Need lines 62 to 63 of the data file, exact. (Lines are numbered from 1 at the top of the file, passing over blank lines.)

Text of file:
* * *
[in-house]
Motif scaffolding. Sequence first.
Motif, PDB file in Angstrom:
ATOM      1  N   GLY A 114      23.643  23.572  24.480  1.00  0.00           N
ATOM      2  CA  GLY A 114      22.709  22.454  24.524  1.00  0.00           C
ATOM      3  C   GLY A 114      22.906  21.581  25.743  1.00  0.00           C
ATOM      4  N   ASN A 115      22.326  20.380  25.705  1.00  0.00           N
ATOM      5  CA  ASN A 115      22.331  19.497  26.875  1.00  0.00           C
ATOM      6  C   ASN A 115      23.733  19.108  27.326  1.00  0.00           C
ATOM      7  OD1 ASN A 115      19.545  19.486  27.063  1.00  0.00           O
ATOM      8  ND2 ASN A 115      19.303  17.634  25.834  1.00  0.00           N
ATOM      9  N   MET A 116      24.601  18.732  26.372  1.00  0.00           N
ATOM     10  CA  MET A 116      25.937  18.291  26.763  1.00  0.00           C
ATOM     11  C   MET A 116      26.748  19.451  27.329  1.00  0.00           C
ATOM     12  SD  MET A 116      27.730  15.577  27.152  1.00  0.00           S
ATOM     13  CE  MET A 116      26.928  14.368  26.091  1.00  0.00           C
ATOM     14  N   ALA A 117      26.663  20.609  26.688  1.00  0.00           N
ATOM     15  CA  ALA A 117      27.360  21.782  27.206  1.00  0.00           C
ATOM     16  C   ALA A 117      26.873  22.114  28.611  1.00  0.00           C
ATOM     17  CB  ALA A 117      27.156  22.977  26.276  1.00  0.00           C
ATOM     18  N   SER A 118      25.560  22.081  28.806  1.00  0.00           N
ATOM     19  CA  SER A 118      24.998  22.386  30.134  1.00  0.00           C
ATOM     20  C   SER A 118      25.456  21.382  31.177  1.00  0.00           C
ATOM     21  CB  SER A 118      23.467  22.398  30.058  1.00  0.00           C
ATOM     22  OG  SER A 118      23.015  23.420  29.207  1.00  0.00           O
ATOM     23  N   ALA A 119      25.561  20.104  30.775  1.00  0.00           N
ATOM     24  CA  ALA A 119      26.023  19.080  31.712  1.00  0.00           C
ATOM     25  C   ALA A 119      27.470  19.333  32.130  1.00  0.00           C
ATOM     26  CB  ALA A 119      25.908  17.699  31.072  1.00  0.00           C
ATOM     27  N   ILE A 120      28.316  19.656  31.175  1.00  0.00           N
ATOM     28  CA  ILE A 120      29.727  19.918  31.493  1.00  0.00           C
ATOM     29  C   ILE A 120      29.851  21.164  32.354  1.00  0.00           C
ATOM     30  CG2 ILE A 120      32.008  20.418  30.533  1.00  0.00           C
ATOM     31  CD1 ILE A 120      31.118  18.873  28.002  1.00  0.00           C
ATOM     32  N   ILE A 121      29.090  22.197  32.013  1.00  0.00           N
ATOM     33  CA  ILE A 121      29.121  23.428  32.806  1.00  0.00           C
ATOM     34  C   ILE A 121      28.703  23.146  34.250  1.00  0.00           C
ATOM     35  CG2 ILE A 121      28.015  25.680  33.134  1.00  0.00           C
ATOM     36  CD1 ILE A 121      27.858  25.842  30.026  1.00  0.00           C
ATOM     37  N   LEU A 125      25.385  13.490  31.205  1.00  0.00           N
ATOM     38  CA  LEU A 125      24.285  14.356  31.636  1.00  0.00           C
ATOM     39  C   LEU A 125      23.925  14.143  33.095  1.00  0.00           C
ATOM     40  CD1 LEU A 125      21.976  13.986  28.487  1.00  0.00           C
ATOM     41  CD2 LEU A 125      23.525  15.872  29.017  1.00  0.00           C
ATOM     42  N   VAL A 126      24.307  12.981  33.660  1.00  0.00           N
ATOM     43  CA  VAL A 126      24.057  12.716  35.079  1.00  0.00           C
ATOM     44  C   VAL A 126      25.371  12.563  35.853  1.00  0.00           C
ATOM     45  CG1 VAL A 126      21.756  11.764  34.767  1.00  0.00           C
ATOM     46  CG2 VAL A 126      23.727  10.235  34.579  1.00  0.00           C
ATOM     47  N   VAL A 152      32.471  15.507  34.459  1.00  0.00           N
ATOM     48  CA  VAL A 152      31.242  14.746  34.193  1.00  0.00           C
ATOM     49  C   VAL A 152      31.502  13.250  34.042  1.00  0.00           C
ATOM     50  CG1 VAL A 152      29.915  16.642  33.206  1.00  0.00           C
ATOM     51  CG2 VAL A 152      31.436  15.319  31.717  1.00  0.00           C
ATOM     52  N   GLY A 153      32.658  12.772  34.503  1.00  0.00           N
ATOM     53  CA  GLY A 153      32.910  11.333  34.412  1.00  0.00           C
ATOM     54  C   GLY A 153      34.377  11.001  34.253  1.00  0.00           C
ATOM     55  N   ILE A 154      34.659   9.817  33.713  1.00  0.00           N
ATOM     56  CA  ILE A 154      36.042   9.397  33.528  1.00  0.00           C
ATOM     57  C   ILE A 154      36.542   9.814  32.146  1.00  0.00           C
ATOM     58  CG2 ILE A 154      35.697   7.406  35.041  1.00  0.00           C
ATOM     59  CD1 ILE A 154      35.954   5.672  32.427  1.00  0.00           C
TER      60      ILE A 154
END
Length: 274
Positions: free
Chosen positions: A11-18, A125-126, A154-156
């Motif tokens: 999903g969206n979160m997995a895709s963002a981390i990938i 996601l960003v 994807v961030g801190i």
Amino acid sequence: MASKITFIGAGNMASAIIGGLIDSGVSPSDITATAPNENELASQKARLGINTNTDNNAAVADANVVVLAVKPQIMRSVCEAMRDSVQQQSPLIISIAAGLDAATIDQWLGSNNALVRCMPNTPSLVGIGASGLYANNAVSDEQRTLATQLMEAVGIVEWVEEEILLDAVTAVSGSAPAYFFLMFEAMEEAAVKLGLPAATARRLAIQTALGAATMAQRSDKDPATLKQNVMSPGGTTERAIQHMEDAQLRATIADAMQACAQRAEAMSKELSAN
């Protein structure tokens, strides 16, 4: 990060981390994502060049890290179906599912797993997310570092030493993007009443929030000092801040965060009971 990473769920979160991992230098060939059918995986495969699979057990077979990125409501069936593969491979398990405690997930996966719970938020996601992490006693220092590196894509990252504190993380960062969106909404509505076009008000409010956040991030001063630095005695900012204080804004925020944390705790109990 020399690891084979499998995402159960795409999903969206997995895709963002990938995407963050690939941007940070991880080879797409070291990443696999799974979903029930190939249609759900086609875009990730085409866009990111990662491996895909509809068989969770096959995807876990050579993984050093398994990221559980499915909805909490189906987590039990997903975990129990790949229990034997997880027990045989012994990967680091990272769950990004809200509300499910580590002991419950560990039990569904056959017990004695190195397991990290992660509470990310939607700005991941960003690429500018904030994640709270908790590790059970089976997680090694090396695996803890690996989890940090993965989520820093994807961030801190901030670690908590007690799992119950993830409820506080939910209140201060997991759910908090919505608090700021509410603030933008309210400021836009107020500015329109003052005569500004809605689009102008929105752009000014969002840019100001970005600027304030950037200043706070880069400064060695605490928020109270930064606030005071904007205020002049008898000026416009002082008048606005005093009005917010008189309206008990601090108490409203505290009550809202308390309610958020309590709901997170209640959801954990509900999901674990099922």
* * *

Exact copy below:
ATOM     59  CD1 ILE A 154      35.954   5.672  32.427  1.00  0.00           C
TER      60      ILE A 154